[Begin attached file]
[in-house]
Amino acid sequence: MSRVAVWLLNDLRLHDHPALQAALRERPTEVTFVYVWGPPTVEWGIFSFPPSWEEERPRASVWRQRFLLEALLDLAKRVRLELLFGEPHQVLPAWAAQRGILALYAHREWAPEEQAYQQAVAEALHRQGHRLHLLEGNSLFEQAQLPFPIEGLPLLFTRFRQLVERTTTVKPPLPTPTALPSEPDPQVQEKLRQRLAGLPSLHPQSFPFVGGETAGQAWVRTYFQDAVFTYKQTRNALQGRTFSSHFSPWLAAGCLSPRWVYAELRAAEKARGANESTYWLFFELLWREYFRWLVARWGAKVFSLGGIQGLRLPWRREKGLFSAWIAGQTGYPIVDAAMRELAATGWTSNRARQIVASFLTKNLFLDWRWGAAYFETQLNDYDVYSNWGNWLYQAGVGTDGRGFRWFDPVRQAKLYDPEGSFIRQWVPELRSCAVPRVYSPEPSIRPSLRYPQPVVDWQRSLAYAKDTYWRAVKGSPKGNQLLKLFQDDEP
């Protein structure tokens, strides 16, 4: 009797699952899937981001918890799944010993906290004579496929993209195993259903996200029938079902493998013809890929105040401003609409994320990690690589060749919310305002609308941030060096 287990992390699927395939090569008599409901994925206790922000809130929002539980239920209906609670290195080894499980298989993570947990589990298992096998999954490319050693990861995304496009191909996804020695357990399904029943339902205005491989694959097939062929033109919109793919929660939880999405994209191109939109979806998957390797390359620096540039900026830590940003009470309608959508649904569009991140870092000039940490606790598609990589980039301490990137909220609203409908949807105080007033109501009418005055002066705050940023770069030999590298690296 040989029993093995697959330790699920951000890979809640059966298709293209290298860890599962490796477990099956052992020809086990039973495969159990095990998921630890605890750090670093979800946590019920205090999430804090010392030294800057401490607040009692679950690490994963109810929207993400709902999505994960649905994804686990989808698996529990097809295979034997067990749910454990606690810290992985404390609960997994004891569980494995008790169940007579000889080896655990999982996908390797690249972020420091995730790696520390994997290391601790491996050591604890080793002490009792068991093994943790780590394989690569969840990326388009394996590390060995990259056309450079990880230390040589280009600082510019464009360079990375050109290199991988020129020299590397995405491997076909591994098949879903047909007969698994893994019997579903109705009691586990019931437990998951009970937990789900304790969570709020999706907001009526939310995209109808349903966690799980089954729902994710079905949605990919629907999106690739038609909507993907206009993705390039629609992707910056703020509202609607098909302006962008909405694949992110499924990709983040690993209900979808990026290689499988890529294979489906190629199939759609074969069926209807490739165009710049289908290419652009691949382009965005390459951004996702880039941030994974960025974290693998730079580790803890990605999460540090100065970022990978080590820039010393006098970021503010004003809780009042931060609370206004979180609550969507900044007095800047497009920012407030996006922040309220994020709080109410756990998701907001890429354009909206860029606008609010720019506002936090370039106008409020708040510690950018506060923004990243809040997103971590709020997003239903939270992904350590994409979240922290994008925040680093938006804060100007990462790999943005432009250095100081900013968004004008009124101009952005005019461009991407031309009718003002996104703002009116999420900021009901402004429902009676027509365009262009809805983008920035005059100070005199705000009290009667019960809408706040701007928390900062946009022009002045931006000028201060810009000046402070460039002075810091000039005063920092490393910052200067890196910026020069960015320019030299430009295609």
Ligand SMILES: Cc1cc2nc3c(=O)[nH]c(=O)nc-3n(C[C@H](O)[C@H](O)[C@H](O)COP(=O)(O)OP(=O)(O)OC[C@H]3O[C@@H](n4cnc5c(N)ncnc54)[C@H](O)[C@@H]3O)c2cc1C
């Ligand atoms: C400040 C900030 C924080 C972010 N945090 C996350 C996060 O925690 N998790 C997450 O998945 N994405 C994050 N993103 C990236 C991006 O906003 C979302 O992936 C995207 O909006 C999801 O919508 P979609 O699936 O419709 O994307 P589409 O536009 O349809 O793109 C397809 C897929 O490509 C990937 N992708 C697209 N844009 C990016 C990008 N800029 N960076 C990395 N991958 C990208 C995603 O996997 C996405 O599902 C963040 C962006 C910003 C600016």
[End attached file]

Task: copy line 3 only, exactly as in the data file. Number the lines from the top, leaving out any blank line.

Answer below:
């Protein structure tokens, strides 16, 4: 009797699952899937981001918890799944010993906290004579496929993209195993259903996200029938079902493998013809890929105040401003609409994320990690690589060749919310305002609308941030060096 287990992390699927395939090569008599409901994925206790922000809130929002539980239920209906609670290195080894499980298989993570947990589990298992096998999954490319050693990861995304496009191909996804020695357990399904029943339902205005491989694959097939062929033109919109793919929660939880999405994209191109939109979806998957390797390359620096540039900026830590940003009470309608959508649904569009991140870092000039940490606790598609990589980039301490990137909220609203409908949807105080007033109501009418005055002066705050940023770069030999590298690296 040989029993093995697959330790699920951000890979809640059966298709293209290298860890599962490796477990099956052992020809086990039973495969159990095990998921630890605890750090670093979800946590019920205090999430804090010392030294800057401490607040009692679950690490994963109810929207993400709902999505994960649905994804686990989808698996529990097809295979034997067990749910454990606690810290992985404390609960997994004891569980494995008790169940007579000889080896655990999982996908390797690249972020420091995730790696520390994997290391601790491996050591604890080793002490009792068991093994943790780590394989690569969840990326388009394996590390060995990259056309450079990880230390040589280009600082510019464009360079990375050109290199991988020129020299590397995405491997076909591994098949879903047909007969698994893994019997579903109705009691586990019931437990998951009970937990789900304790969570709020999706907001009526939310995209109808349903966690799980089954729902994710079905949605990919629907999106690739038609909507993907206009993705390039629609992707910056703020509202609607098909302006962008909405694949992110499924990709983040690993209900979808990026290689499988890529294979489906190629199939759609074969069926209807490739165009710049289908290419652009691949382009965005390459951004996702880039941030994974960025974290693998730079580790803890990605999460540090100065970022990978080590820039010393006098970021503010004003809780009042931060609370206004979180609550969507900044007095800047497009920012407030996006922040309220994020709080109410756990998701907001890429354009909206860029606008609010720019506002936090370039106008409020708040510690950018506060923004990243809040997103971590709020997003239903939270992904350590994409979240922290994008925040680093938006804060100007990462790999943005432009250095100081900013968004004008009124101009952005005019461009991407031309009718003002996104703002009116999420900021009901402004429902009676027509365009262009809805983008920035005059100070005199705000009290009667019960809408706040701007928390900062946009022009002045931006000028201060810009000046402070460039002075810091000039005063920092490393910052200067890196910026020069960015320019030299430009295609």